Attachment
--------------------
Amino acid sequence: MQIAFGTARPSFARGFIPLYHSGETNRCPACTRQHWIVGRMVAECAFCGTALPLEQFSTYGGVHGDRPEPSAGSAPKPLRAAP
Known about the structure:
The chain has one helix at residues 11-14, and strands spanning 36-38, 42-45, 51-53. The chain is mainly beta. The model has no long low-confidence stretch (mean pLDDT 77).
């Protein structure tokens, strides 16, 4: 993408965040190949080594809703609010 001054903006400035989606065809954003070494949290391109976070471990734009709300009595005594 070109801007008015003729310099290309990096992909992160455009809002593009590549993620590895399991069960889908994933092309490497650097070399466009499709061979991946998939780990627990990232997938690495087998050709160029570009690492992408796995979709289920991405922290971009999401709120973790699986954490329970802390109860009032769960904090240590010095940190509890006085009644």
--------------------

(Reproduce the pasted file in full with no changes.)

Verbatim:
Amino acid sequence: MQIAFGTARPSFARGFIPLYHSGETNRCPACTRQHWIVGRMVAECAFCGTALPLEQFSTYGGVHGDRPEPSAGSAPKPLRAAP
Known about the structure:
The chain has one helix at residues 11-14, and strands spanning 36-38, 42-45, 51-53. The chain is mainly beta. The model has no long low-confidence stretch (mean pLDDT 77).
């Protein structure tokens, strides 16, 4: 993408965040190949080594809703609010 001054903006400035989606065809954003070494949290391109976070471990734009709300009595005594 070109801007008015003729310099290309990096992909992160455009809002593009590549993620590895399991069960889908994933092309490497650097070399466009499709061979991946998939780990627990990232997938690495087998050709160029570009690492992408796995979709289920991405922290971009999401709120973790699986954490329970802390109860009032769960904090240590010095940190509890006085009644």